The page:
New Street station creates more jobs
Russia space probe China dominates smart phone market makes contact
The new Birmingham Gateway Construction Academy set up in Birmingham will 'open up job and training opportunities' on New Street train station's redevelopment, the station's website has said. 1000 jobs are set to be created in total.
China has overtaken the US to become the world's largest smart phone market. This year's third quarter saw China's smart phone shipments rise to 24 million, this is one million higher than the United States' shipments.
The European Space Agency has reportedly made contact with an unmanned probe that went silent after its launch on 9th November. Russian controllers intended to send it to Mars, but an engine failure kept it in the Earth's orbit.
Tribunal changes unveiled
Women can choose Caesarean birth
Redbrick wins Guardian award
The Government announced plans to allow employers to discuss poor performance with staff without conversations being used as evidence in tribunals. Vince Cable said he hopes the changes will reduce 'unnecessary bureaucracy'.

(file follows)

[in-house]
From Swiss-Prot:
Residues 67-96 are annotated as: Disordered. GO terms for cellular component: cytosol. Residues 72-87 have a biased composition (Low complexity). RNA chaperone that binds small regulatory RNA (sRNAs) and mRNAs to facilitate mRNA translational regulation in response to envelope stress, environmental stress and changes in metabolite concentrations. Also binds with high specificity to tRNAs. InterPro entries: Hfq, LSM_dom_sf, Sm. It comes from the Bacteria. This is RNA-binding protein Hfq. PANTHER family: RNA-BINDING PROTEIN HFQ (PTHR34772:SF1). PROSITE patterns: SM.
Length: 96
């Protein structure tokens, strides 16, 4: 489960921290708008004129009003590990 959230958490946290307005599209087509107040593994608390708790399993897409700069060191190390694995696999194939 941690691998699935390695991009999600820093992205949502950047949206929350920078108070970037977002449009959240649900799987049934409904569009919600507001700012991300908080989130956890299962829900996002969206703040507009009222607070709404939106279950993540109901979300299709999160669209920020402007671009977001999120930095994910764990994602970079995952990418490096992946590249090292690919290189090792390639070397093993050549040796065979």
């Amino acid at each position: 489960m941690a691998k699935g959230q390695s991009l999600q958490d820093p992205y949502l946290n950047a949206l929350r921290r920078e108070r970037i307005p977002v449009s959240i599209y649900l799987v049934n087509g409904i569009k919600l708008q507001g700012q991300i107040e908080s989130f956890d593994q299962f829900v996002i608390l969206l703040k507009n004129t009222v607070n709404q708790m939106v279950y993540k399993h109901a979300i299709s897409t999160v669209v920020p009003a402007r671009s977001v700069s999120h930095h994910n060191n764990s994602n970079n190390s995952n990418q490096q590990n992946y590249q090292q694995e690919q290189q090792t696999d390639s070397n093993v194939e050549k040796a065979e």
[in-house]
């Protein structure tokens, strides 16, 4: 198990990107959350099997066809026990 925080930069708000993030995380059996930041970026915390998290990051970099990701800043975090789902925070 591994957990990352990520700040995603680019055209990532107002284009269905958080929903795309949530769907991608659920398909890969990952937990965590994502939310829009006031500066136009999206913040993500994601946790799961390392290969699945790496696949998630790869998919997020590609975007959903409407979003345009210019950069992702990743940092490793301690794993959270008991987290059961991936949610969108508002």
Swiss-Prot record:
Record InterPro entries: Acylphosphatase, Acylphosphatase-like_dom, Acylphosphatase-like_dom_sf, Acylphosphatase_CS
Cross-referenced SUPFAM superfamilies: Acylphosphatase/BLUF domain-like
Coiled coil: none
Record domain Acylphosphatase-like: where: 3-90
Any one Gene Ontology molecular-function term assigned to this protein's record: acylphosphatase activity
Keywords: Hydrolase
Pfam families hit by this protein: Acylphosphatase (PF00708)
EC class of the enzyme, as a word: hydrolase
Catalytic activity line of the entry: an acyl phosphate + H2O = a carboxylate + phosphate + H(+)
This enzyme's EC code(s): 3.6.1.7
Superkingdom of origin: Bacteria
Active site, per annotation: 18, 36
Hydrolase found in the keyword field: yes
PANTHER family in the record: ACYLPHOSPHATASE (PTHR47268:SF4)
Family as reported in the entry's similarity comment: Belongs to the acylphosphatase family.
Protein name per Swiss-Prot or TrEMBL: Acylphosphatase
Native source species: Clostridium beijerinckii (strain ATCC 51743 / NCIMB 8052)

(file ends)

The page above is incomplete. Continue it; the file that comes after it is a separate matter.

Women will be able to request a Caesarean section whether medically necessary or not, the National Institute of Health and Clinical Excellence have said. However they added that women should be advised on the risks associated as well.
Redbrick's website has won a Guardian Media Award for 'Student Website of the Year' 2011. Chris Hutchinson, Online Editor, redesigned the Redbrick website last year which can be found at www. redbrickpaper.co.uk.
Top Ten: Ways to save money on bills We count down the best ways to save money on bills this winter
Invest in a slanket
Get cosy in a blanket-with-sleeves and avoid turning the heating up.
2 ALDI Switch from Tesco Express and Sainsbury's to Aldi for a week's shop for under a tenner.
3 Forget baths
0121 251 2462 firstname.lastname@example.org www.redbrickonline.co.uk
Save bubble baths for a holiday treat and take showers instead to save on water.
Redbrick is printed through www.quotemeprint.com: 08451 300667.
4 Exercise on Mondays
Advertising: Contact Aimee Fitzpatrick in Guild Marketing on 0121 251 2524 or a.fitzpatrick@guild. bham.ac.uk